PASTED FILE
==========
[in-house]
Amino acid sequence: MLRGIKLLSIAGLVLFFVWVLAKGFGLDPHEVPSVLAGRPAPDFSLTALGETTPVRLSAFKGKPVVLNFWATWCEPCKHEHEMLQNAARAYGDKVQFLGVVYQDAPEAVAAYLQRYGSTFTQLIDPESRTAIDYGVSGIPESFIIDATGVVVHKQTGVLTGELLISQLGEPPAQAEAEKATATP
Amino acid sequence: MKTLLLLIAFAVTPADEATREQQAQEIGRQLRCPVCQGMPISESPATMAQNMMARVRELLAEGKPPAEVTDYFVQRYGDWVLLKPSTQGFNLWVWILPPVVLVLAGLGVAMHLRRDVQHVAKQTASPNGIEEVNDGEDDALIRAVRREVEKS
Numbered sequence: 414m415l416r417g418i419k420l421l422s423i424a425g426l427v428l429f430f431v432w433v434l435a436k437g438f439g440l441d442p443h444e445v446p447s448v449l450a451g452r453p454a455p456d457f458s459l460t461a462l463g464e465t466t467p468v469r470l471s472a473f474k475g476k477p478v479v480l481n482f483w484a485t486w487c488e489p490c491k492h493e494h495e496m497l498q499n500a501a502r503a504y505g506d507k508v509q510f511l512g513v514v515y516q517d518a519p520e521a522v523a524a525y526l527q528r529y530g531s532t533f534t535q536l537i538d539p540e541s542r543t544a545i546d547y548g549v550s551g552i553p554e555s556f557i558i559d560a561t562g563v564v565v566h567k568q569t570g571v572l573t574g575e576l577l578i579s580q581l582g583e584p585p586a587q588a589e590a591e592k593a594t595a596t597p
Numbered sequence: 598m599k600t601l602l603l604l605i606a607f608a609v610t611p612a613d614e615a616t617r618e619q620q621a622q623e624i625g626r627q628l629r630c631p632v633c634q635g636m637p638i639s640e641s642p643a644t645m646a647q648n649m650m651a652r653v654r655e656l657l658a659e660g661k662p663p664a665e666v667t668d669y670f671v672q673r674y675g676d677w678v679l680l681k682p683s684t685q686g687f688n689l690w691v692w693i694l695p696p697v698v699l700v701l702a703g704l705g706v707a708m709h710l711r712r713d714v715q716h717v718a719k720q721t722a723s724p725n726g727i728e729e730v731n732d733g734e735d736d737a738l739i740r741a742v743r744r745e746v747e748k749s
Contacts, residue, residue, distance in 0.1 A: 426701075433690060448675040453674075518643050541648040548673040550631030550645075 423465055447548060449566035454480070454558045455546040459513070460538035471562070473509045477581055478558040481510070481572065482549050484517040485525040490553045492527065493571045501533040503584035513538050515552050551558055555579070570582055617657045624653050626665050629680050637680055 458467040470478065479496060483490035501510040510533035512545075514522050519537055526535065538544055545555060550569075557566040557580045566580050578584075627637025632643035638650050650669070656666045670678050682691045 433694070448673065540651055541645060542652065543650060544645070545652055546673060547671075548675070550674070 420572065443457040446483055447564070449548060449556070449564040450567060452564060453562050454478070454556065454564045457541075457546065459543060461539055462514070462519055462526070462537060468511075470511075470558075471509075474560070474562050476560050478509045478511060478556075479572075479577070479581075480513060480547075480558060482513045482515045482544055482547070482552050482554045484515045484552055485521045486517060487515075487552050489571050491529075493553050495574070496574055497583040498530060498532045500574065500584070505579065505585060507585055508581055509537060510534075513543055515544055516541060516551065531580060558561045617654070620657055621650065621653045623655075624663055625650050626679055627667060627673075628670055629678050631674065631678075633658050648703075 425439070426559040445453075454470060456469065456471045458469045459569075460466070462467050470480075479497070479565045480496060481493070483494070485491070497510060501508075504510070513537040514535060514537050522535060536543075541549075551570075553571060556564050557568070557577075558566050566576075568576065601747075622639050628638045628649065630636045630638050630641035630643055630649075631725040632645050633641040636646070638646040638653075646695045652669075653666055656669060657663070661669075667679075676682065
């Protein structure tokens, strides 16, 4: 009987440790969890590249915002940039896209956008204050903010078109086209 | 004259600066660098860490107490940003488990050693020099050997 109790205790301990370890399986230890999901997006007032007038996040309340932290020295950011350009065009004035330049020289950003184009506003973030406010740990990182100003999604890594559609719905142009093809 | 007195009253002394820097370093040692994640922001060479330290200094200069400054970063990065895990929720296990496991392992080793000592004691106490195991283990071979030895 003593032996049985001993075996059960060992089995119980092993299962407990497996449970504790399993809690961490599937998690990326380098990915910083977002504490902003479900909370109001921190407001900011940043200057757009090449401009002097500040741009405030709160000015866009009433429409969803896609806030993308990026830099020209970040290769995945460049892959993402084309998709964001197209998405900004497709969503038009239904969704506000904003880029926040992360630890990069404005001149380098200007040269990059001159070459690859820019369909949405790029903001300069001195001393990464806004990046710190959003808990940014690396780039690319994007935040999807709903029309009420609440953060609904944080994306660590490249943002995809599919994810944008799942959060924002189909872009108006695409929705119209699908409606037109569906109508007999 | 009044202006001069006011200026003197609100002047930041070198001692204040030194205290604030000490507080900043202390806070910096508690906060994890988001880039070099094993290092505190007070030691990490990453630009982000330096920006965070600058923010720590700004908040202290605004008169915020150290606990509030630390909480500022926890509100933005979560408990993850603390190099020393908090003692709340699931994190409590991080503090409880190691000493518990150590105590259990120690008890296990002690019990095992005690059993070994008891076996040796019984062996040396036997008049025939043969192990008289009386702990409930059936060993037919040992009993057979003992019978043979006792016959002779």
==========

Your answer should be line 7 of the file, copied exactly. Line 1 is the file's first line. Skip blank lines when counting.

């Protein structure tokens, strides 16, 4: 009987440790969890590249915002940039896209956008204050903010078109086209 | 004259600066660098860490107490940003488990050693020099050997 109790205790301990370890399986230890999901997006007032007038996040309340932290020295950011350009065009004035330049020289950003184009506003973030406010740990990182100003999604890594559609719905142009093809 | 007195009253002394820097370093040692994640922001060479330290200094200069400054970063990065895990929720296990496991392992080793000592004691106490195991283990071979030895 003593032996049985001993075996059960060992089995119980092993299962407990497996449970504790399993809690961490599937998690990326380098990915910083977002504490902003479900909370109001921190407001900011940043200057757009090449401009002097500040741009405030709160000015866009009433429409969803896609806030993308990026830099020209970040290769995945460049892959993402084309998709964001197209998405900004497709969503038009239904969704506000904003880029926040992360630890990069404005001149380098200007040269990059001159070459690859820019369909949405790029903001300069001195001393990464806004990046710190959003808990940014690396780039690319994007935040999807709903029309009420609440953060609904944080994306660590490249943002995809599919994810944008799942959060924002189909872009108006695409929705119209699908409606037109569906109508007999 | 009044202006001069006011200026003197609100002047930041070198001692204040030194205290604030000490507080900043202390806070910096508690906060994890988001880039070099094993290092505190007070030691990490990453630009982000330096920006965070600058923010720590700004908040202290605004008169915020150290606990509030630390909480500022926890509100933005979560408990993850603390190099020393908090003692709340699931994190409590991080503090409880190691000493518990150590105590259990120690008890296990002690019990095992005690059993070994008891076996040796019984062996040396036997008049025939043969192990008289009386702990409930059936060993037919040992009993057979003992019978043979006792016959002779």